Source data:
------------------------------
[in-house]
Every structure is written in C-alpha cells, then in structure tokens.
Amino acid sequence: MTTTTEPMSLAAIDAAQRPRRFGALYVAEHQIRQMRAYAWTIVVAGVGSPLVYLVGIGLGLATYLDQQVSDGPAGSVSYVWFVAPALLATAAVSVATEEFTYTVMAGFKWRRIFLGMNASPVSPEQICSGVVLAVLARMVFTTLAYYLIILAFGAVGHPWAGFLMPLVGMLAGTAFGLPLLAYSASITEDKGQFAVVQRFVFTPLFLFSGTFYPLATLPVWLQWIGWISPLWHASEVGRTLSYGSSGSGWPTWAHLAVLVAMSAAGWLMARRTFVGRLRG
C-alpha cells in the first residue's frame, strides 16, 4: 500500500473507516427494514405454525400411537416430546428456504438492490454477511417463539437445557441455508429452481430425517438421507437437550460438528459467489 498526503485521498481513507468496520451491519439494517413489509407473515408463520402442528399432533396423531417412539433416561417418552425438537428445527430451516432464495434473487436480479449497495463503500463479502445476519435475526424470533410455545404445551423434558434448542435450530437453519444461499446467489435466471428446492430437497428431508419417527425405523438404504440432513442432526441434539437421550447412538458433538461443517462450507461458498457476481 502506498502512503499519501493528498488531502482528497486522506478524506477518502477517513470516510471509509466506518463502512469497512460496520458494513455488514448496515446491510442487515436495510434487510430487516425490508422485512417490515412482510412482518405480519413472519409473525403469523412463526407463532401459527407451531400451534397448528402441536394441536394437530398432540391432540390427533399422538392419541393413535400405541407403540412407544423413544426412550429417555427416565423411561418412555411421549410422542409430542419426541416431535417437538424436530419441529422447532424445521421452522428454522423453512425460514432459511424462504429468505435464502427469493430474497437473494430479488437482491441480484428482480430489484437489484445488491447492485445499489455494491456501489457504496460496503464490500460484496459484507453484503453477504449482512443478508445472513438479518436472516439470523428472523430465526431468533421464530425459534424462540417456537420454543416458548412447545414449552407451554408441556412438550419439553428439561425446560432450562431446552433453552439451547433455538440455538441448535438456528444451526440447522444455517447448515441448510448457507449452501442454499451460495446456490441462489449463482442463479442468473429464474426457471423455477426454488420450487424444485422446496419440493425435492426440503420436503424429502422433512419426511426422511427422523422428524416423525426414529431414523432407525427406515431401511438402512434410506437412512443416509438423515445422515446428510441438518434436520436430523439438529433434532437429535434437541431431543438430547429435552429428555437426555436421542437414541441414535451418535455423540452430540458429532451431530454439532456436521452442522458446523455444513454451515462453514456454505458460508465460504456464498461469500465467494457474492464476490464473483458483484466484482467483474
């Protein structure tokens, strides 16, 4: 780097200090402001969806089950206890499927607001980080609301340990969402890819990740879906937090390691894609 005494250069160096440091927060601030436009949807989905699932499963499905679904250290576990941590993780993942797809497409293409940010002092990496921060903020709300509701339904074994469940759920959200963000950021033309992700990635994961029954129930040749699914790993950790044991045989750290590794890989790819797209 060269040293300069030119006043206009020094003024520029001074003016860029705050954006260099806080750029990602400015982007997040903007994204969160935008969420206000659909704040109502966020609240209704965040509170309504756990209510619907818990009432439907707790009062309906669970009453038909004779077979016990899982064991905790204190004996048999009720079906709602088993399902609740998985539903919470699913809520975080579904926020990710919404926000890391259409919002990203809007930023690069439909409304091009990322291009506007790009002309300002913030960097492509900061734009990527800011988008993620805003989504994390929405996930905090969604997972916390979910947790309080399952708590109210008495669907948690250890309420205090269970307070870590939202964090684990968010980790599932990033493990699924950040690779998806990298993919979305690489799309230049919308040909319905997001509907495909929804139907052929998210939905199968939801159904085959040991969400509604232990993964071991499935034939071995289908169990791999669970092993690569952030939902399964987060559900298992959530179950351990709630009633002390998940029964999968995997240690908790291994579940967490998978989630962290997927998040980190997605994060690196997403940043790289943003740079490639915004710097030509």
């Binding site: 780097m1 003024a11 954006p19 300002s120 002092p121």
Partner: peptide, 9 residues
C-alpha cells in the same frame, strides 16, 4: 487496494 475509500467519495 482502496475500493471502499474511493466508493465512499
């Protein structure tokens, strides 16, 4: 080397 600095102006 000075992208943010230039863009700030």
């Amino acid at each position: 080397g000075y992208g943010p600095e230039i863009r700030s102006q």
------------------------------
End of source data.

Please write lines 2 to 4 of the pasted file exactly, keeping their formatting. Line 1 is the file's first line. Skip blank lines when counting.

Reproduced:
Every structure is written in C-alpha cells, then in structure tokens.
Amino acid sequence: MTTTTEPMSLAAIDAAQRPRRFGALYVAEHQIRQMRAYAWTIVVAGVGSPLVYLVGIGLGLATYLDQQVSDGPAGSVSYVWFVAPALLATAAVSVATEEFTYTVMAGFKWRRIFLGMNASPVSPEQICSGVVLAVLARMVFTTLAYYLIILAFGAVGHPWAGFLMPLVGMLAGTAFGLPLLAYSASITEDKGQFAVVQRFVFTPLFLFSGTFYPLATLPVWLQWIGWISPLWHASEVGRTLSYGSSGSGWPTWAHLAVLVAMSAAGWLMARRTFVGRLRG
C-alpha cells in the first residue's frame, strides 16, 4: 500500500473507516427494514405454525400411537416430546428456504438492490454477511417463539437445557441455508429452481430425517438421507437437550460438528459467489 498526503485521498481513507468496520451491519439494517413489509407473515408463520402442528399432533396423531417412539433416561417418552425438537428445527430451516432464495434473487436480479449497495463503500463479502445476519435475526424470533410455545404445551423434558434448542435450530437453519444461499446467489435466471428446492430437497428431508419417527425405523438404504440432513442432526441434539437421550447412538458433538461443517462450507461458498457476481 502506498502512503499519501493528498488531502482528497486522506478524506477518502477517513470516510471509509466506518463502512469497512460496520458494513455488514448496515446491510442487515436495510434487510430487516425490508422485512417490515412482510412482518405480519413472519409473525403469523412463526407463532401459527407451531400451534397448528402441536394441536394437530398432540391432540390427533399422538392419541393413535400405541407403540412407544423413544426412550429417555427416565423411561418412555411421549410422542409430542419426541416431535417437538424436530419441529422447532424445521421452522428454522423453512425460514432459511424462504429468505435464502427469493430474497437473494430479488437482491441480484428482480430489484437489484445488491447492485445499489455494491456501489457504496460496503464490500460484496459484507453484503453477504449482512443478508445472513438479518436472516439470523428472523430465526431468533421464530425459534424462540417456537420454543416458548412447545414449552407451554408441556412438550419439553428439561425446560432450562431446552433453552439451547433455538440455538441448535438456528444451526440447522444455517447448515441448510448457507449452501442454499451460495446456490441462489449463482442463479442468473429464474426457471423455477426454488420450487424444485422446496419440493425435492426440503420436503424429502422433512419426511426422511427422523422428524416423525426414529431414523432407525427406515431401511438402512434410506437412512443416509438423515445422515446428510441438518434436520436430523439438529433434532437429535434437541431431543438430547429435552429428555437426555436421542437414541441414535451418535455423540452430540458429532451431530454439532456436521452442522458446523455444513454451515462453514456454505458460508465460504456464498461469500465467494457474492464476490464473483458483484466484482467483474